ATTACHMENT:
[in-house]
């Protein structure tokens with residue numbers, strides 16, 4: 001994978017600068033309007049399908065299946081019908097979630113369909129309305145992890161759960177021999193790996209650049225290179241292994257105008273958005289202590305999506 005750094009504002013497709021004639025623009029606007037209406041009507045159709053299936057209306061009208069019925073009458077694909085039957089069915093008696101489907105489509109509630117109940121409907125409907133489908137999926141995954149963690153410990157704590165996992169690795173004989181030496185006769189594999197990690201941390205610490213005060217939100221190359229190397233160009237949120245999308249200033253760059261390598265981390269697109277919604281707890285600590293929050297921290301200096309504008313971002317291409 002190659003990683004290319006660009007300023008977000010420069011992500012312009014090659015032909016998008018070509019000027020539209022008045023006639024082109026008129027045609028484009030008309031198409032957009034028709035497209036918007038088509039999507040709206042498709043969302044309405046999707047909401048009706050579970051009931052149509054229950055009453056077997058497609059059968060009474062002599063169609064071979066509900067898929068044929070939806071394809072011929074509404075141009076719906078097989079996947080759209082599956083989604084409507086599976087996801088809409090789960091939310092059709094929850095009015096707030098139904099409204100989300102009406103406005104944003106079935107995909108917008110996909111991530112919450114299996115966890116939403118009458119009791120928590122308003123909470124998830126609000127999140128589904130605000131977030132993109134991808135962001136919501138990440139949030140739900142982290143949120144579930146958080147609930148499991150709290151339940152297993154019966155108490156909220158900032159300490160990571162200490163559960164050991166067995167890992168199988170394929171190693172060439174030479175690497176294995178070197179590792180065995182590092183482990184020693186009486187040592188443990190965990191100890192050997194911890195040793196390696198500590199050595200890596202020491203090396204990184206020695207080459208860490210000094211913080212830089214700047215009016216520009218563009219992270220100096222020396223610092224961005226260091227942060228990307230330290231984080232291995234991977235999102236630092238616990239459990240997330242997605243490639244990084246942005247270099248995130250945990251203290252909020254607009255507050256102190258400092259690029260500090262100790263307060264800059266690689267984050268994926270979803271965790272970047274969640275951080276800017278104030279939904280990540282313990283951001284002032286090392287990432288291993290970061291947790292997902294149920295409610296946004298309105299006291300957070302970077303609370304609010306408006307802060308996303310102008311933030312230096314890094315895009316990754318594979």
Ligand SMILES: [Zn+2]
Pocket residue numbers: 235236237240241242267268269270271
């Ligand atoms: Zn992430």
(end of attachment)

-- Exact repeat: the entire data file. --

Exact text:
[in-house]
């Protein structure tokens with residue numbers, strides 16, 4: 001994978017600068033309007049399908065299946081019908097979630113369909129309305145992890161759960177021999193790996209650049225290179241292994257105008273958005289202590305999506 005750094009504002013497709021004639025623009029606007037209406041009507045159709053299936057209306061009208069019925073009458077694909085039957089069915093008696101489907105489509109509630117109940121409907125409907133489908137999926141995954149963690153410990157704590165996992169690795173004989181030496185006769189594999197990690201941390205610490213005060217939100221190359229190397233160009237949120245999308249200033253760059261390598265981390269697109277919604281707890285600590293929050297921290301200096309504008313971002317291409 002190659003990683004290319006660009007300023008977000010420069011992500012312009014090659015032909016998008018070509019000027020539209022008045023006639024082109026008129027045609028484009030008309031198409032957009034028709035497209036918007038088509039999507040709206042498709043969302044309405046999707047909401048009706050579970051009931052149509054229950055009453056077997058497609059059968060009474062002599063169609064071979066509900067898929068044929070939806071394809072011929074509404075141009076719906078097989079996947080759209082599956083989604084409507086599976087996801088809409090789960091939310092059709094929850095009015096707030098139904099409204100989300102009406103406005104944003106079935107995909108917008110996909111991530112919450114299996115966890116939403118009458119009791120928590122308003123909470124998830126609000127999140128589904130605000131977030132993109134991808135962001136919501138990440139949030140739900142982290143949120144579930146958080147609930148499991150709290151339940152297993154019966155108490156909220158900032159300490160990571162200490163559960164050991166067995167890992168199988170394929171190693172060439174030479175690497176294995178070197179590792180065995182590092183482990184020693186009486187040592188443990190965990191100890192050997194911890195040793196390696198500590199050595200890596202020491203090396204990184206020695207080459208860490210000094211913080212830089214700047215009016216520009218563009219992270220100096222020396223610092224961005226260091227942060228990307230330290231984080232291995234991977235999102236630092238616990239459990240997330242997605243490639244990084246942005247270099248995130250945990251203290252909020254607009255507050256102190258400092259690029260500090262100790263307060264800059266690689267984050268994926270979803271965790272970047274969640275951080276800017278104030279939904280990540282313990283951001284002032286090392287990432288291993290970061291947790292997902294149920295409610296946004298309105299006291300957070302970077303609370304609010306408006307802060308996303310102008311933030312230096314890094315895009316990754318594979």
Ligand SMILES: [Zn+2]
Pocket residue numbers: 235236237240241242267268269270271
């Ligand atoms: Zn992430």